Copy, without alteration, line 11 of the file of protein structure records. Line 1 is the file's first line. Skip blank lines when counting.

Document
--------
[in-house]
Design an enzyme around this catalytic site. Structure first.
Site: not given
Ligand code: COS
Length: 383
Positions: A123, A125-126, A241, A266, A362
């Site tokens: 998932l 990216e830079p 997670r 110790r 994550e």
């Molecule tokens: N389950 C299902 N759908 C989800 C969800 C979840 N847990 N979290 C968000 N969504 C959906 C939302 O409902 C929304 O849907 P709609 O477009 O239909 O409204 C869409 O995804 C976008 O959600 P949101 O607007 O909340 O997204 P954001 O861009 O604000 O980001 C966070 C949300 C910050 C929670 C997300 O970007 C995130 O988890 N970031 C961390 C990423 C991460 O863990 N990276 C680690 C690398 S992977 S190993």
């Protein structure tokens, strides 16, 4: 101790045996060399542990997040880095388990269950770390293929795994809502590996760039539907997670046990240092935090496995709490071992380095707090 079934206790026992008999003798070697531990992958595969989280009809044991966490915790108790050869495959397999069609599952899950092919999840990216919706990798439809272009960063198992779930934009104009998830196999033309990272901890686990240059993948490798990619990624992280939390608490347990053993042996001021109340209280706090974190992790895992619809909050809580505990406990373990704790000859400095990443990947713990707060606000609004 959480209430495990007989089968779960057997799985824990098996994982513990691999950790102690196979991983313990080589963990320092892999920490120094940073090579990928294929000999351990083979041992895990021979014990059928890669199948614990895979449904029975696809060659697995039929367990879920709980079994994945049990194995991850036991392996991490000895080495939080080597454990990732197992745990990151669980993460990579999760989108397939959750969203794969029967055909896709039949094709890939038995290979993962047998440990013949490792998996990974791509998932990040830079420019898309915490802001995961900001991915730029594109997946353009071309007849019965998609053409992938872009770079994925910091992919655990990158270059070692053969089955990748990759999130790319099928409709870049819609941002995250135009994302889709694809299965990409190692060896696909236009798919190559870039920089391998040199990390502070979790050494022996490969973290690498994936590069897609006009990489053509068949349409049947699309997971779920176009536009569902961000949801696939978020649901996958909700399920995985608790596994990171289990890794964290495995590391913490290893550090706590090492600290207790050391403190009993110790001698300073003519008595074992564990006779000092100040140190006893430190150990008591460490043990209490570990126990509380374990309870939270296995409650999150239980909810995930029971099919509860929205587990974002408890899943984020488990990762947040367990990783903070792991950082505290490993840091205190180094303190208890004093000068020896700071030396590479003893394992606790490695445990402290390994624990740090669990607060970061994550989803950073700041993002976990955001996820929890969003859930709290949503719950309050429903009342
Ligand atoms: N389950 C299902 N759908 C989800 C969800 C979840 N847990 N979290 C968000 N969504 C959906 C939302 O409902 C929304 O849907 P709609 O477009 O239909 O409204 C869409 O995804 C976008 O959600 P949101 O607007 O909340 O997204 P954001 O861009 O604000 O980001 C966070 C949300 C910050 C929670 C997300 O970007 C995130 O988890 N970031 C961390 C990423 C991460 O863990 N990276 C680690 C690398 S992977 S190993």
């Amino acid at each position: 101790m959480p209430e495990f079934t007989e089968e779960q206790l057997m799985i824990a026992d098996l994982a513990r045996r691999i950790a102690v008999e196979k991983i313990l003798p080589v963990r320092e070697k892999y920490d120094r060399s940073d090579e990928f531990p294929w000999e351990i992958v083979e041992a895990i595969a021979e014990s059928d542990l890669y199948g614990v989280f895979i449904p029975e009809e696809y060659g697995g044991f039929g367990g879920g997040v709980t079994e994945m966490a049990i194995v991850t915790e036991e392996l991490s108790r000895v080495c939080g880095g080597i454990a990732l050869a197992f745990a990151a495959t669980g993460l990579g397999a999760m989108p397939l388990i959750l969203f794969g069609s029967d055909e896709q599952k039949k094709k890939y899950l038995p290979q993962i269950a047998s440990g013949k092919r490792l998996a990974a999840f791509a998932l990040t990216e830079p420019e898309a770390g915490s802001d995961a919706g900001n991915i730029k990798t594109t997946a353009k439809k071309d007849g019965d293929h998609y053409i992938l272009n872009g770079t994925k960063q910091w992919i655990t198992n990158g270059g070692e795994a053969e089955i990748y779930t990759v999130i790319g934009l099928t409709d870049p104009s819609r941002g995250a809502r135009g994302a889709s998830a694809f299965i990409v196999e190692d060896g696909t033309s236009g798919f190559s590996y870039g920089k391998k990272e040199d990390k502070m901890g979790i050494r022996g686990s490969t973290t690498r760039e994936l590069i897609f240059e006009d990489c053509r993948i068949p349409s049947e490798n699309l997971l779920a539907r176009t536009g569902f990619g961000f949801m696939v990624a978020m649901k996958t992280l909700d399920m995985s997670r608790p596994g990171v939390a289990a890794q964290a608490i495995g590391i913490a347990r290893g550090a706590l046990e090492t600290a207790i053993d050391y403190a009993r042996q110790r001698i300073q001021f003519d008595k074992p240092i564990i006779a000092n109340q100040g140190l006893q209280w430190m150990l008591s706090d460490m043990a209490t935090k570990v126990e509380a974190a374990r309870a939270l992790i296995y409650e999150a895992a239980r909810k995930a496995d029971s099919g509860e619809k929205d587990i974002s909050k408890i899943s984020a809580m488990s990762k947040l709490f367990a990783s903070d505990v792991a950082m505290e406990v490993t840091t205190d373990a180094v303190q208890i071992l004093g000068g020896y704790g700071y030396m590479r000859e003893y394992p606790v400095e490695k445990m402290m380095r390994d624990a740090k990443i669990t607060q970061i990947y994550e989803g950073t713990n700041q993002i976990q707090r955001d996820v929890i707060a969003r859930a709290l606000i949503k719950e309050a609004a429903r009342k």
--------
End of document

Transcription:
């Amino acid at each position: 101790m959480p209430e495990f079934t007989e089968e779960q206790l057997m799985i824990a026992d098996l994982a513990r045996r691999i950790a102690v008999e196979k991983i313990l003798p080589v963990r320092e070697k892999y920490d120094r060399s940073d090579e990928f531990p294929w000999e351990i992958v083979e041992a895990i595969a021979e014990s059928d542990l890669y199948g614990v989280f895979i449904p029975e009809e696809y060659g697995g044991f039929g367990g879920g997040v709980t079994e994945m966490a049990i194995v991850t915790e036991e392996l991490s108790r000895v080495c939080g880095g080597i454990a990732l050869a197992f745990a990151a495959t669980g993460l990579g397999a999760m989108p397939l388990i959750l969203f794969g069609s029967d055909e896709q599952k039949k094709k890939y899950l038995p290979q993962i269950a047998s440990g013949k092919r490792l998996a990974a999840f791509a998932l990040t990216e830079p420019e898309a770390g915490s802001d995961a919706g900001n991915i730029k990798t594109t997946a353009k439809k071309d007849g019965d293929h998609y053409i992938l272009n872009g770079t994925k960063q910091w992919i655990t198992n990158g270059g070692e795994a053969e089955i990748y779930t990759v999130i790319g934009l099928t409709d870049p104009s819609r941002g995250a809502r135009g994302a889709s998830a694809f299965i990409v196999e190692d060896g696909t033309s236009g798919f190559s590996y870039g920089k391998k990272e040199d990390k502070m901890g979790i050494r022996g686990s490969t973290t690498r760039e994936l590069i897609f240059e006009d990489c053509r993948i068949p349409s049947e490798n699309l997971l779920a539907r176009t536009g569902f990619g961000f949801m696939v990624a978020m649901k996958t992280l909700d399920m995985s997670r608790p596994g990171v939390a289990a890794q964290a608490i495995g590391i913490a347990r290893g550090a706590l046990e090492t600290a207790i053993d050391y403190a009993r042996q110790r001698i300073q001021f003519d008595k074992p240092i564990i006779a000092n109340q100040g140190l006893q209280w430190m150990l008591s706090d460490m043990a209490t935090k570990v126990e509380a974190a374990r309870a939270l992790i296995y409650e999150a895992a239980r909810k995930a496995d029971s099919g509860e619809k929205d587990i974002s909050k408890i899943s984020a809580m488990s990762k947040l709490f367990a990783s903070d505990v792991a950082m505290e406990v490993t840091t205190d373990a180094v303190q208890i071992l004093g000068g020896y704790g700071y030396m590479r000859e003893y394992p606790v400095e490695k445990m402290m380095r390994d624990a740090k990443i669990t607060q970061i990947y994550e989803g950073t713990n700041q993002i976990q707090r955001d996820v929890i707060a969003r859930a709290l606000i949503k719950e309050a609004a429903r009342k």